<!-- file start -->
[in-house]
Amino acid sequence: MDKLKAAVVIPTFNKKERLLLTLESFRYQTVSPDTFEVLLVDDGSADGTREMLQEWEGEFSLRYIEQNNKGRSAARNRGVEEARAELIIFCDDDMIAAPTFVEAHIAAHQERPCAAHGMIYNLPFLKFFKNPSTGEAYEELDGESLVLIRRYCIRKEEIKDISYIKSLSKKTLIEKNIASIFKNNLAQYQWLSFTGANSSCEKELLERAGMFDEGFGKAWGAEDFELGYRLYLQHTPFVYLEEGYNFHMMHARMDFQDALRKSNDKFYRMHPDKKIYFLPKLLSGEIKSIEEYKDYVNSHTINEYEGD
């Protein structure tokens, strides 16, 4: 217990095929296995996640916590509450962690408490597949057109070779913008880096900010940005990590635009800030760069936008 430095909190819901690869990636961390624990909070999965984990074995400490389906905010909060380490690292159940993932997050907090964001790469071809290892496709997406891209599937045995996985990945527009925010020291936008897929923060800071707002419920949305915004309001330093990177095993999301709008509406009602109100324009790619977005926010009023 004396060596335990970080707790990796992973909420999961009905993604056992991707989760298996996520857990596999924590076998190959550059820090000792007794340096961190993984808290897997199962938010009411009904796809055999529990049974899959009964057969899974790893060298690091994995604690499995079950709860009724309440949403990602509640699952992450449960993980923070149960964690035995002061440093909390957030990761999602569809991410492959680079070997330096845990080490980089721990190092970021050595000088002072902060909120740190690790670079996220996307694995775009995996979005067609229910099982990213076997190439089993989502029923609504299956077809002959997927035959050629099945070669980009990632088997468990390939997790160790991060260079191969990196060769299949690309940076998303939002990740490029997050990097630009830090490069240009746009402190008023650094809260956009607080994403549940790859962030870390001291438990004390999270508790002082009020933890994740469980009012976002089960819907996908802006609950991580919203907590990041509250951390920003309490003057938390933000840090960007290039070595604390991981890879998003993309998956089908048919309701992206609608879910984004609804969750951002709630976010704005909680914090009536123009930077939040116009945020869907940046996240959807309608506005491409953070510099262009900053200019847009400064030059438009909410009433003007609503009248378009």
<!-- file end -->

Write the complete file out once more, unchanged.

[in-house]
Amino acid sequence: MDKLKAAVVIPTFNKKERLLLTLESFRYQTVSPDTFEVLLVDDGSADGTREMLQEWEGEFSLRYIEQNNKGRSAARNRGVEEARAELIIFCDDDMIAAPTFVEAHIAAHQERPCAAHGMIYNLPFLKFFKNPSTGEAYEELDGESLVLIRRYCIRKEEIKDISYIKSLSKKTLIEKNIASIFKNNLAQYQWLSFTGANSSCEKELLERAGMFDEGFGKAWGAEDFELGYRLYLQHTPFVYLEEGYNFHMMHARMDFQDALRKSNDKFYRMHPDKKIYFLPKLLSGEIKSIEEYKDYVNSHTINEYEGD
């Protein structure tokens, strides 16, 4: 217990095929296995996640916590509450962690408490597949057109070779913008880096900010940005990590635009800030760069936008 430095909190819901690869990636961390624990909070999965984990074995400490389906905010909060380490690292159940993932997050907090964001790469071809290892496709997406891209599937045995996985990945527009925010020291936008897929923060800071707002419920949305915004309001330093990177095993999301709008509406009602109100324009790619977005926010009023 004396060596335990970080707790990796992973909420999961009905993604056992991707989760298996996520857990596999924590076998190959550059820090000792007794340096961190993984808290897997199962938010009411009904796809055999529990049974899959009964057969899974790893060298690091994995604690499995079950709860009724309440949403990602509640699952992450449960993980923070149960964690035995002061440093909390957030990761999602569809991410492959680079070997330096845990080490980089721990190092970021050595000088002072902060909120740190690790670079996220996307694995775009995996979005067609229910099982990213076997190439089993989502029923609504299956077809002959997927035959050629099945070669980009990632088997468990390939997790160790991060260079191969990196060769299949690309940076998303939002990740490029997050990097630009830090490069240009746009402190008023650094809260956009607080994403549940790859962030870390001291438990004390999270508790002082009020933890994740469980009012976002089960819907996908802006609950991580919203907590990041509250951390920003309490003057938390933000840090960007290039070595604390991981890879998003993309998956089908048919309701992206609608879910984004609804969750951002709630976010704005909680914090009536123009930077939040116009945020869907940046996240959807309608506005491409953070510099262009900053200019847009400064030059438009909410009433003007609503009248378009």